Where to Start When Organizing Your Home

organized junk drawer

The Spruce / Candace Madonna

How you organize your home ultimately comes down to preference, but there are some guidelines to help you streamline the process. It's often best to begin with your storage areas. This will allow you to free up storage space by getting rid of stored items you don't need anymore before you tackle the rest of your home and encounter items that need putting away. If you're ready to go on an organizing journey, here are some tips to get you started.

  • 01 of 04

    Storage Spaces

    Junk drawer

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    The first step of your organizing process is to make sure your storage spaces are neat and free of clutter, so they'll be able to accommodate items from other areas of your home. Think of it like this: Before you unload groceries, you have to create space for them to go in the fridge and pantry.

    Start with a project you can easily complete, such as organizing a junk drawer. Then, move on to a hall closet or a storage area in your basement. Divide large storage spaces into smaller zones, so the organization task doesn't feel so daunting. And if necessary, invest in organizational systems, such as a closet organizer or storage bins, so everything has a place that will be easily accessible.

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    Shared Spaces

    Kitchen

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    Shared spaces—such as the kitchen, living room, and bathroom—should be organized next because they are the most trafficked areas in the home. A benefit to organizing these areas is it could prompt others in your household to be neater and join your organization efforts.

    Within these areas, plan to declutter and find a designated home for all of the items that live there. Collaborate with members of your household on where shared items should go, so you all know where everything is and everyone will return items to their proper places. For example, if you have children, let them help you pick a storage space for their toys in the living room. This might cause them to feel a sense of ownership over the project and make them more likely to work within the organizational system.

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    Personal Spaces

    Woman standing in front of closet

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    Personal spaces—including bedrooms, closets, and home offices—can take some effort to organize because they often involve assessing many items. For instance, when organizing your closet, you have to make decisions about whether to keep, donate, or toss all of the items in your wardrobe. And in an office, you might have a lot of paperwork to go through and either file or shred.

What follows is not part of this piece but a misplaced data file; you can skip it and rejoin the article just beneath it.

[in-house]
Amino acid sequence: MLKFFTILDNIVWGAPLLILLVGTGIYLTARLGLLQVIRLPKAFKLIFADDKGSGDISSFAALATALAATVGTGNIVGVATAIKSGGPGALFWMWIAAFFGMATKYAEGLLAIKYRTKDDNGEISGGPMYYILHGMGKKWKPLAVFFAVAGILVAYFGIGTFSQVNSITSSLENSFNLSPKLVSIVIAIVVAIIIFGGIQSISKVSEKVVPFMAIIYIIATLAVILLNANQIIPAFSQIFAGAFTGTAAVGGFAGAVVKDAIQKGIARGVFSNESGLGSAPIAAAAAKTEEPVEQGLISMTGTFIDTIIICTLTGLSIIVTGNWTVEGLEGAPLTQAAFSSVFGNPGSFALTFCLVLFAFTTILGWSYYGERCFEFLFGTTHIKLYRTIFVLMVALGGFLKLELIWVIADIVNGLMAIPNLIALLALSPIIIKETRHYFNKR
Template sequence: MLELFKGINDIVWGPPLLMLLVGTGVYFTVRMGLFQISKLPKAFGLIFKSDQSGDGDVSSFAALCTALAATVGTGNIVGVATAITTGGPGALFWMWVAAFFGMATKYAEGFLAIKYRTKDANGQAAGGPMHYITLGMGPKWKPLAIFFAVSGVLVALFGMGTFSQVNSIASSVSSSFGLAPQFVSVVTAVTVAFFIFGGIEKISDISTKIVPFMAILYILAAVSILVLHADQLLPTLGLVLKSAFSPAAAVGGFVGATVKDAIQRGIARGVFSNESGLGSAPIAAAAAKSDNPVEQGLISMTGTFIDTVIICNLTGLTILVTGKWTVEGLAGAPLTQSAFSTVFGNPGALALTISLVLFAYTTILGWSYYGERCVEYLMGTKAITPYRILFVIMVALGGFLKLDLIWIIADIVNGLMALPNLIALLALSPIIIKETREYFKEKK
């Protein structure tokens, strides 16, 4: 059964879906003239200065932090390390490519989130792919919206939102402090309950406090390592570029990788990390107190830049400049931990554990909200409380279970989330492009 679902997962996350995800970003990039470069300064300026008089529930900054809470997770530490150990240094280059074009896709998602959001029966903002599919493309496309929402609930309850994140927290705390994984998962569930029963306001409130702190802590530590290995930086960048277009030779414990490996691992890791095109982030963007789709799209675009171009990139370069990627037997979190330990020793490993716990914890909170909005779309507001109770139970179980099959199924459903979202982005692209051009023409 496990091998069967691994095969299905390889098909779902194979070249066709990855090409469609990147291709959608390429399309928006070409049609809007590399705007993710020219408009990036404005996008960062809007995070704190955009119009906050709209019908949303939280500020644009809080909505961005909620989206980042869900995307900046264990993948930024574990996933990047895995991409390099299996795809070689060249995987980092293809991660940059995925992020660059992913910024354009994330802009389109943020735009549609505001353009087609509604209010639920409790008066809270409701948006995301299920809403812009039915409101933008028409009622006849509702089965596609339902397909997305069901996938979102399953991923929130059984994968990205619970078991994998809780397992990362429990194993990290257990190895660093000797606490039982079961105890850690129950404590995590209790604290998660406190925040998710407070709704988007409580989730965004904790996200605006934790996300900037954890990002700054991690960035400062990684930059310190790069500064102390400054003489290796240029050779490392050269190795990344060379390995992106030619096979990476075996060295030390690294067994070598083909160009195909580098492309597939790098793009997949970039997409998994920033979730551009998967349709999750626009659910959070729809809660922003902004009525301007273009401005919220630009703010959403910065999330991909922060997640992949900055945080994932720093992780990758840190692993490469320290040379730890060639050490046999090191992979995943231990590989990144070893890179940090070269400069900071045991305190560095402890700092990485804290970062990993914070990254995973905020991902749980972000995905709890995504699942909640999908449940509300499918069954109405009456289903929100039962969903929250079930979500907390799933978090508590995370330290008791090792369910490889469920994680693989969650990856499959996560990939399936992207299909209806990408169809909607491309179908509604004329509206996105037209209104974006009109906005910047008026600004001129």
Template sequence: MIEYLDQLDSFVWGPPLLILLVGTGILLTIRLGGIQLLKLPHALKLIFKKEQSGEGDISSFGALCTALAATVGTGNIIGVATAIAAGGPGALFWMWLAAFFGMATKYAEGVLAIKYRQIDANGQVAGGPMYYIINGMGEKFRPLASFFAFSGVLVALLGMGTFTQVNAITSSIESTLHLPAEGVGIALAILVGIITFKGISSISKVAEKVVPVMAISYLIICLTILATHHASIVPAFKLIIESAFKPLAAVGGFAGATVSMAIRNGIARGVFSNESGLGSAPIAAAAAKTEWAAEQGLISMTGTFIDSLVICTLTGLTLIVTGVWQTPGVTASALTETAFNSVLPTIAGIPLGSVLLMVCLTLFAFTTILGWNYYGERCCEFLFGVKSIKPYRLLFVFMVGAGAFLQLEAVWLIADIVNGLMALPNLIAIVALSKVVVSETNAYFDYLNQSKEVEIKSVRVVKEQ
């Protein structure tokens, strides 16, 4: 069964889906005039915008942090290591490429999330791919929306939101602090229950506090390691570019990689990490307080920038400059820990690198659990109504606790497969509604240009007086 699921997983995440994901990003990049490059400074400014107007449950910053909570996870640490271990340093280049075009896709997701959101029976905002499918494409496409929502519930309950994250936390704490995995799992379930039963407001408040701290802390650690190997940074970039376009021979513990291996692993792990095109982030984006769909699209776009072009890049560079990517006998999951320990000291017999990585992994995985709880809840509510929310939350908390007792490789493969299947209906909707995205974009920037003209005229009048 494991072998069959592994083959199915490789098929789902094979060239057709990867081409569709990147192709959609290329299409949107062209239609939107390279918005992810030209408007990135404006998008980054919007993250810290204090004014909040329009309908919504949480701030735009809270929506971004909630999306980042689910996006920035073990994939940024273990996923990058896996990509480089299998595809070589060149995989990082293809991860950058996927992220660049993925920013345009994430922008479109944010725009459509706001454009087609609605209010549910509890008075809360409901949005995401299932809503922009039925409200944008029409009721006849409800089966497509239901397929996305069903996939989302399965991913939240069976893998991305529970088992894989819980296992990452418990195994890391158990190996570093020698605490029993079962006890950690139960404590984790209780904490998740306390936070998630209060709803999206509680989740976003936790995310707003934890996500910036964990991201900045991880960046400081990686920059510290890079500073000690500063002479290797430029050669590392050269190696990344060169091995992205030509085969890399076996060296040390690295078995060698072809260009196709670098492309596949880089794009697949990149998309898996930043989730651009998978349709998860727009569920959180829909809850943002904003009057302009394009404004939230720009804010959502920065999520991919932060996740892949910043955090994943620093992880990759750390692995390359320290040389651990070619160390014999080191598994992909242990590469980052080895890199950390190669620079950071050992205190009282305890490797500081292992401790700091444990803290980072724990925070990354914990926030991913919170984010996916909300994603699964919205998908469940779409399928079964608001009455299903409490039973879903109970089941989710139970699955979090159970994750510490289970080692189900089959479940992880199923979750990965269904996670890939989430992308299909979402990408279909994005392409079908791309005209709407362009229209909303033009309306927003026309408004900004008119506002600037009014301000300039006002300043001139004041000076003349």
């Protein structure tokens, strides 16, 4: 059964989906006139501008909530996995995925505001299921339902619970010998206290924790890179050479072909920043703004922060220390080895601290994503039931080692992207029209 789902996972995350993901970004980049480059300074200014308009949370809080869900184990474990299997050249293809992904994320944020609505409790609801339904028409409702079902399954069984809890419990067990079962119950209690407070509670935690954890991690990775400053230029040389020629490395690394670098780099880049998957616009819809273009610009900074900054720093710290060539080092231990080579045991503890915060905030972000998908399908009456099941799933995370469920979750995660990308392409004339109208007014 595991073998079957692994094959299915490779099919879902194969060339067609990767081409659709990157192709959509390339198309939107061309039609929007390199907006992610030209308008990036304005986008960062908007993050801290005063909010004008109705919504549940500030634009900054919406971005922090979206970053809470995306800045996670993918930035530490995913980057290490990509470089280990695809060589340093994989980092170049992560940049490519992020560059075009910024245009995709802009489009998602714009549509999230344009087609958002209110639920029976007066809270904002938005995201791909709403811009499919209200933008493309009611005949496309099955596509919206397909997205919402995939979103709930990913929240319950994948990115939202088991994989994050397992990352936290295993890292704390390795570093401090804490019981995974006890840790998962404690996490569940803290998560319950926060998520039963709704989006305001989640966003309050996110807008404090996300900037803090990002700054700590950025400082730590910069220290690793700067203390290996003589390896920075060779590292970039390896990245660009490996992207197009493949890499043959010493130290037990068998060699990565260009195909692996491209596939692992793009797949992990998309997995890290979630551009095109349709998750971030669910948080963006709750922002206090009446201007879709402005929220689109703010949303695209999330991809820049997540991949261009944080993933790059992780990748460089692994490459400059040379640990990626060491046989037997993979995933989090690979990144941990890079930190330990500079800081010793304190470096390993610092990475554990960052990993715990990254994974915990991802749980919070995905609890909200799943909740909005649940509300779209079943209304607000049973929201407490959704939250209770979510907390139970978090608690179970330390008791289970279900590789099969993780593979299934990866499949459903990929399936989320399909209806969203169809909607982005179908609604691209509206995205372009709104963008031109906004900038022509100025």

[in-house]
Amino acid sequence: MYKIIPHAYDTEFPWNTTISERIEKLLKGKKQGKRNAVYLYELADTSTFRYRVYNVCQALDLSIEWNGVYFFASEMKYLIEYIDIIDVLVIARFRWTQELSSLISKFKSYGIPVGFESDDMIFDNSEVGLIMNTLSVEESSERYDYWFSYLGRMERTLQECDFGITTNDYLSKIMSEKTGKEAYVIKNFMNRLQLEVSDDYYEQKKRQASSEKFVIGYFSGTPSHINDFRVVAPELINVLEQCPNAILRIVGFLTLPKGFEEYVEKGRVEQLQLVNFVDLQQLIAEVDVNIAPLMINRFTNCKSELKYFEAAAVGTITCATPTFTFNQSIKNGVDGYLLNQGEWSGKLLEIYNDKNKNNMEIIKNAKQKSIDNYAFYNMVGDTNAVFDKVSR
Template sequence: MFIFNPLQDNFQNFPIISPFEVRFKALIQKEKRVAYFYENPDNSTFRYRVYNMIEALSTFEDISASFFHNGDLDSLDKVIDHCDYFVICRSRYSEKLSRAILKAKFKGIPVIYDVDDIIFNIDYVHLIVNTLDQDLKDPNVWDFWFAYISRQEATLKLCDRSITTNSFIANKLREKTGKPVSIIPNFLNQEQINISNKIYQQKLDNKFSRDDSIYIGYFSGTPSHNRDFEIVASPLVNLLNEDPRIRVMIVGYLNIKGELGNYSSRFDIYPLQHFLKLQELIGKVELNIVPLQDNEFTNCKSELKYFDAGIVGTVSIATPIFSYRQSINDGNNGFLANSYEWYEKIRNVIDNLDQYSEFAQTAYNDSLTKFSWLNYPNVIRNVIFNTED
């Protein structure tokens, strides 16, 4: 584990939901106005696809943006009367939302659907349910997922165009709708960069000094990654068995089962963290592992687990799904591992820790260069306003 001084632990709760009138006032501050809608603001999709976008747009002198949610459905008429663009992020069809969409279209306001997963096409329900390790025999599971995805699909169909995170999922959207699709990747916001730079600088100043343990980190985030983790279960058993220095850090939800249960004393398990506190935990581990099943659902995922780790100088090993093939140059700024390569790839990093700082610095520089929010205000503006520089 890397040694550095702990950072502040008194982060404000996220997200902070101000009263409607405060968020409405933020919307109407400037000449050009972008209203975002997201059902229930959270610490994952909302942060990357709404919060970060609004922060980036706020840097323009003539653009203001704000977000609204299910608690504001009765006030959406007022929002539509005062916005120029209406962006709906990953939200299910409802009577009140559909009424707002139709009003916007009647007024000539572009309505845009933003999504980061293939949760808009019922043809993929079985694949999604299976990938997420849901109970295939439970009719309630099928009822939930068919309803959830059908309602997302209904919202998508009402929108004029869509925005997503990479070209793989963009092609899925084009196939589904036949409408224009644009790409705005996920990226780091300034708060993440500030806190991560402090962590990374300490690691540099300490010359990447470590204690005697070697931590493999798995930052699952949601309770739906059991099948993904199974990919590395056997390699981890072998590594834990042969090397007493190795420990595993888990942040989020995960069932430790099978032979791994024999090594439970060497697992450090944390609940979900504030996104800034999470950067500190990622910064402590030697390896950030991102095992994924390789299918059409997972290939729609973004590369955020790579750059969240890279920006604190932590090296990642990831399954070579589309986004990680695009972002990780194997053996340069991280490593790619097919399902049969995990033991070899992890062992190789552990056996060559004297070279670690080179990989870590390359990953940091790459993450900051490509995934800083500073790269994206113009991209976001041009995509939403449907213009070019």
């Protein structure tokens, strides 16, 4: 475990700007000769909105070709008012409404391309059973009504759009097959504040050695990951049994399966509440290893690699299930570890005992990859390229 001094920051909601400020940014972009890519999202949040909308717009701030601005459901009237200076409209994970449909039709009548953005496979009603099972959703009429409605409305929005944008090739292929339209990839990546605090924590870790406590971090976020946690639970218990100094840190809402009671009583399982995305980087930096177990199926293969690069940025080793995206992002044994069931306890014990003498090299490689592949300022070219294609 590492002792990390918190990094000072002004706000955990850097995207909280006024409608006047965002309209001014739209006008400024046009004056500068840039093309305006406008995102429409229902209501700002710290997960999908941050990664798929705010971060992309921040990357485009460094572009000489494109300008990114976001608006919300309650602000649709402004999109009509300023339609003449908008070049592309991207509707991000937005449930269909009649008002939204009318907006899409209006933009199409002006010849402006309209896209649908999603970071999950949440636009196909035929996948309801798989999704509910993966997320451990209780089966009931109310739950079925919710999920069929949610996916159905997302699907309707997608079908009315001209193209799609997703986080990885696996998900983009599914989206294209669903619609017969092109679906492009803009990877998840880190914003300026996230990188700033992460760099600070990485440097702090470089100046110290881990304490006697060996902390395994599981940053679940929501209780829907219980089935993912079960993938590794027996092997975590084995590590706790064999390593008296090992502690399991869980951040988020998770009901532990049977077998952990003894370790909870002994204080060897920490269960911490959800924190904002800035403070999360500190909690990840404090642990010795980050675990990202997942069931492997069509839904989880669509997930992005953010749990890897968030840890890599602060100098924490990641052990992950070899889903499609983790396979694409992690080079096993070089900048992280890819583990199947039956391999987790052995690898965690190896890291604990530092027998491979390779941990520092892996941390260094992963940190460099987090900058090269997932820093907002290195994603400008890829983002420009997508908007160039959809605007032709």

Plus, you're the only one who can make decisions about how to organize your personal spaces. Set up a system that works for your lifestyle. For instance, you might prefer to organize your closet by type of clothing, such as all your shirts together and all your pants together. Or you might like to sort it by outfit to make the process of selecting something to wear easier.

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    Small Spaces

    Laundry room

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    In general, you can save the small and out-of-the-way spaces of your home for the last step of your organization journey. Such spaces include the laundry room, linen closet, mudroom, and guest room. Unless these spaces are extremely disorganized, you probably can live with a little clutter in them as you get the main areas of your home in order. But ultimately having them organized too will lead to a more efficient lifestyle for you.

    For example, if you have last-minute guests coming to stay with you, you'll be happy you already have a tidy guest room. And having an organized linen closet can make it much easier to locate extra towels and toiletries, as well as to know what you're running out of. Plus, an organized laundry room can make doing laundry a more enjoyable chore when everything you need is at your fingertips.